The aim of the current study was to determine what biomechanical factors separate field sport athletes with good early acceleration, from those with poor early acceleration. It was hypothesized that those athletes with better acceleration will demonstrate differences in key lower body kinematic variables, such as stride length, stride frequency and ground contact time, when compared to athletes with slower acceleration. It is anticipated that such data will be useful in the development of rational and effective acceleration sprint training programs, effective coaching feedback and provide a clearer focus for future research.



Twenty healthy men (age = 23.1 ± 3.7 y; mass = 82.6 ± 13.1 kg; height = 1.79 ± .06 m) volunteered to participate in this study. All subjects were currently active in various field sports, including rugby union, Australian rules football and soccer. The procedures used in this study were approved by the University’s Human Ethics Committee, and informed consent was obtained prior to testing.

Testing procedures

All testing was conducted in an indoor gymnasium at the University of Technology, Sydney. Subjects were required to attend one testing session only. Prior to testing, and to ensure consistent results, each subject was led through an identical warm-up routine, lasting approximately 15 minutes, which included jogging, static and dynamic stretching, and sprints of increasing intensity.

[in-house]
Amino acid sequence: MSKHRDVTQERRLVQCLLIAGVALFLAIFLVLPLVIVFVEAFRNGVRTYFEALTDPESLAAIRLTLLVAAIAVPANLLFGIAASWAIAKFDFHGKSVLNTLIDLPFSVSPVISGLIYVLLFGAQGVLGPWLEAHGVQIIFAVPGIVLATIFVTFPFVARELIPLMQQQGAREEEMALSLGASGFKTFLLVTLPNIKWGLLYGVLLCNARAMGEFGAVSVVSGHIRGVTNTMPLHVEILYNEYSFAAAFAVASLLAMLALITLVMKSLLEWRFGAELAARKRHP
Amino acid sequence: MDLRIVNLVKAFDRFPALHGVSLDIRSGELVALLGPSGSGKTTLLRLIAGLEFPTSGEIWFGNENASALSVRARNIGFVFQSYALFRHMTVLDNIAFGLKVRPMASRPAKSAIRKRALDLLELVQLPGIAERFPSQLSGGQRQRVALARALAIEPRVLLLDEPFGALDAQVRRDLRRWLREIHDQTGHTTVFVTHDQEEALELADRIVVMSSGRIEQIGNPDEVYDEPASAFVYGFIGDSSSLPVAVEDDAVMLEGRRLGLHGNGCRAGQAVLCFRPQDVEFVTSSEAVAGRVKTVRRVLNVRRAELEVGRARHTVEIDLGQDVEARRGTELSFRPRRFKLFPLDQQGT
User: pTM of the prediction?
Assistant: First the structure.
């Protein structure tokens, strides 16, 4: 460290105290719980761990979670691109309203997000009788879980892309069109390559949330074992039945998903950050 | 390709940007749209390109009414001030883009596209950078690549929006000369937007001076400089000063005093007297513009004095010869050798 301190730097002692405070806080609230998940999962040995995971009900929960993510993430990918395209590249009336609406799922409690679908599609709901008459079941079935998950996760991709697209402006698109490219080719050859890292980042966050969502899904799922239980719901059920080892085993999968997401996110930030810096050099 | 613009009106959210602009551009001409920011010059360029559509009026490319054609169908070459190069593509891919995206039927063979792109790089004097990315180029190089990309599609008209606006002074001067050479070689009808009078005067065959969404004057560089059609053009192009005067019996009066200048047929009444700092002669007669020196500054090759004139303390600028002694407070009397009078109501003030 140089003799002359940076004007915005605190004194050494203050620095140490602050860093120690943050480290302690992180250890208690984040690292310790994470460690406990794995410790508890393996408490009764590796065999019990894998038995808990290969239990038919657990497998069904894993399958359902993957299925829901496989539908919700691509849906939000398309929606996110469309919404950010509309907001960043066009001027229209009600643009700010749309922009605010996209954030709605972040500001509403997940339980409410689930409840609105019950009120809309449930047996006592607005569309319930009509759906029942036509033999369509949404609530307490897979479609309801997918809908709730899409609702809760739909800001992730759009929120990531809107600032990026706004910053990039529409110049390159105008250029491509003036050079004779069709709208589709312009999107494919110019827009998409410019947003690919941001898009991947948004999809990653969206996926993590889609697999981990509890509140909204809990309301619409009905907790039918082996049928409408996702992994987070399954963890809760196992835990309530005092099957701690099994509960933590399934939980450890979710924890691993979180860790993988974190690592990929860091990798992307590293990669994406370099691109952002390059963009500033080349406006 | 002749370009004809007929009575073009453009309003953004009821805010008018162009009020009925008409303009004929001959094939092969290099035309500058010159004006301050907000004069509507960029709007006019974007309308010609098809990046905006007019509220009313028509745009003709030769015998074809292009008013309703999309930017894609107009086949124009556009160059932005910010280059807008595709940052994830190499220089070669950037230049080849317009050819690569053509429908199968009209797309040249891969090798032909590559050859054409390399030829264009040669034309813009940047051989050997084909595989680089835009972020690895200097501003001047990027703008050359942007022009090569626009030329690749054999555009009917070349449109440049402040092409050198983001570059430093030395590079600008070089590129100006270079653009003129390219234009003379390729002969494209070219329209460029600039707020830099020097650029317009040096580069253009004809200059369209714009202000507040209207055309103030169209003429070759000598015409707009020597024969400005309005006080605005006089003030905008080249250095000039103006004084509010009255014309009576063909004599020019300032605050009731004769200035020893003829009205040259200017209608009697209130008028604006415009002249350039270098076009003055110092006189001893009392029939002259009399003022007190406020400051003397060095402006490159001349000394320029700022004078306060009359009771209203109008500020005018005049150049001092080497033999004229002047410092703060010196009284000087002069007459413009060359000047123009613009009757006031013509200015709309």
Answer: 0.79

In order to facilitate two-dimensional kinematic analysis during the sprint efforts, retro-reflective markers were attached to the right-hand side of the lower body prior to sprint testing. The landmarks were the: anterior superior iliac spine (hip1); greater trochanter of the femur (hip2); lateral epicondyle of the femur (knee); lateral malleolus of the fibula (ankle); and the fifth metatarsal (toe).

Following the warm-up, subjects completed two sprint trials over the assessment distance of 15m. Two successful sprint trials were considered completed when the 15m sprint times were within 2.5% of each other and these data were averaged to create a mean score. A standing start was used for the sprint tests as this was considered a more specific beginning position for these individuals. Subjects were positioned so that the right leg was the front and weight-bearing leg. Slight flexion of the hip and knee joints was required. The left leg was placed 30cm behind the heel of the front foot, with an extended hip and knee joint. The right arm was held behind the torso via extension of the shoulder joint with the elbow was flexed to approximately 90°. The left arm was extended in front of the torso again with the elbow flexed at 90°. Subjects were allowed to start in their own time, and rest periods of 1.5 min were allocated between trials. From the standing position, subjects were instructed to sprint maximally through to a marker at 15m. This study utilised an assessment distance of 15m for analysis because we were specifically interested in the kinematics of early acceleration, namely the first three steps of the sprint (two right foot toe-offs’), and wanted to ensure maximal effort through this portion of the sprint. In the current study, a step was defined as the difference in position of the takeoff foot at toe-off and the ground contact of the contralateral foot. A stride is defined as two concurrent steps.

Kinematic analysis

The descriptors for kinematic assessment were determined using both digital and videographic analysis recording at 100Hz. Both systems analysed the first three steps of the sprint where the first step was defined as the initial step (right foot toe-off), taken from the standing start position, resulting in a ground contact of the left foot. The second step occurred between left foot toe-off and right foot ground contact (heel contact) and so on for the third step. Raw data from both systems was filtered using a 4th order low-pass Butterworth filter with a cut-off frequency of 12 Hz.